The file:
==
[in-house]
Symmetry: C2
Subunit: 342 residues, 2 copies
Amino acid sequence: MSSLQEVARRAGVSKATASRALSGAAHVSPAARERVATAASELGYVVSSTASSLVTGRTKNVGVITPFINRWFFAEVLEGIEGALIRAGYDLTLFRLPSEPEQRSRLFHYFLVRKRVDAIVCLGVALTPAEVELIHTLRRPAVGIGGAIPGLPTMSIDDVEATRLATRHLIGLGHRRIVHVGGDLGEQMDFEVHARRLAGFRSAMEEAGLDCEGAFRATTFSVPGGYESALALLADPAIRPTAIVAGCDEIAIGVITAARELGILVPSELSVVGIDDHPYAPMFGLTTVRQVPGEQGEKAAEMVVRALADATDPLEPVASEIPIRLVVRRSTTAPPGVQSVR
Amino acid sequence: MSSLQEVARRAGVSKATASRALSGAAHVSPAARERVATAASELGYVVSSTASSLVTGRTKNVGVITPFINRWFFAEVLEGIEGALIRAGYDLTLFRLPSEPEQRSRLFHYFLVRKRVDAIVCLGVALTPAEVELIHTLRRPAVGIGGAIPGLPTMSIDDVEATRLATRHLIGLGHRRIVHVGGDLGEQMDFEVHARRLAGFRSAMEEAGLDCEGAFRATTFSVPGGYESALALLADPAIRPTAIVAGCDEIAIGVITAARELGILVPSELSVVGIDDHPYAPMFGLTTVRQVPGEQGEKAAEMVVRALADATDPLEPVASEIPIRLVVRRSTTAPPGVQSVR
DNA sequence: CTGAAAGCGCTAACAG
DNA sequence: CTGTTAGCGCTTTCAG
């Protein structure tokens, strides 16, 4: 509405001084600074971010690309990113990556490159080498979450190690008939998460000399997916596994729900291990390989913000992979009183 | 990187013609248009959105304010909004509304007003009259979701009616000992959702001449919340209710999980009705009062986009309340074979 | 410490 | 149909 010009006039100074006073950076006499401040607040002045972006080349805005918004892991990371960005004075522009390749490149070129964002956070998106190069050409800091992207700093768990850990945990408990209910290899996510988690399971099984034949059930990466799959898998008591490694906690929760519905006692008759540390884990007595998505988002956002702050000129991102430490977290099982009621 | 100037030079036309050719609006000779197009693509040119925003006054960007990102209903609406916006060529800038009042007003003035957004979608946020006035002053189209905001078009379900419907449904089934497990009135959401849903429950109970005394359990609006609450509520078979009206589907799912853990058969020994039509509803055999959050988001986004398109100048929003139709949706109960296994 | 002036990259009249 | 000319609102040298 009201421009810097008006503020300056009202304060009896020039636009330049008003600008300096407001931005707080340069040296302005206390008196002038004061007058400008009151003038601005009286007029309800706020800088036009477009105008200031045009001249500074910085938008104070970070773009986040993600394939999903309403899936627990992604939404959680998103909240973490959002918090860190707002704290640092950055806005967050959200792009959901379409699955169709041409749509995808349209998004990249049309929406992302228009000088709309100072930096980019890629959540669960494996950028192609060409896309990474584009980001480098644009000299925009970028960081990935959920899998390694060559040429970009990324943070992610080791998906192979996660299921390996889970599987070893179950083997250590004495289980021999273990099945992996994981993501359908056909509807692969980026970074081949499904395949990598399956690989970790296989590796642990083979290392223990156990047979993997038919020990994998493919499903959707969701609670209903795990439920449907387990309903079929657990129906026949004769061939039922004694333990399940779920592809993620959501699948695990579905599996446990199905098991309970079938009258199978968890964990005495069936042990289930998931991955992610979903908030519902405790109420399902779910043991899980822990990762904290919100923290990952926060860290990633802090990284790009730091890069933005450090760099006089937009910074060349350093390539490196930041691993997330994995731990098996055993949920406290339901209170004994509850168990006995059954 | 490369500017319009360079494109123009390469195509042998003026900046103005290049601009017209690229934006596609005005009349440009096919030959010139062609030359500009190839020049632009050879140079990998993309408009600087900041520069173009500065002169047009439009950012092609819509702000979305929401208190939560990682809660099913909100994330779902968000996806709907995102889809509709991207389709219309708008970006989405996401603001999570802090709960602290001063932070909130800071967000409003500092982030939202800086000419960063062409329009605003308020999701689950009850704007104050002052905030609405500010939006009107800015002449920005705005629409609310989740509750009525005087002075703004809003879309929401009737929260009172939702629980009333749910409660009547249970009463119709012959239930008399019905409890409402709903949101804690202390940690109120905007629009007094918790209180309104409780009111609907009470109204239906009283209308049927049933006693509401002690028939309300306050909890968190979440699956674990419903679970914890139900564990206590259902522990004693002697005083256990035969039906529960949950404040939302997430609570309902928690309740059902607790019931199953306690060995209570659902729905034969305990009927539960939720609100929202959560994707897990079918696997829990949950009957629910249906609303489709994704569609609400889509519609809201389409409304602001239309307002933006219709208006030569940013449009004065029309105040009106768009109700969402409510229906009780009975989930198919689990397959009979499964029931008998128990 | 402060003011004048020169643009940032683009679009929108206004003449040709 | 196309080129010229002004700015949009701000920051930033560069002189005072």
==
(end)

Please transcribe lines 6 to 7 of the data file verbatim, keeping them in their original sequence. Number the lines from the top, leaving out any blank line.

DNA sequence: CTGAAAGCGCTAACAG
DNA sequence: CTGTTAGCGCTTTCAG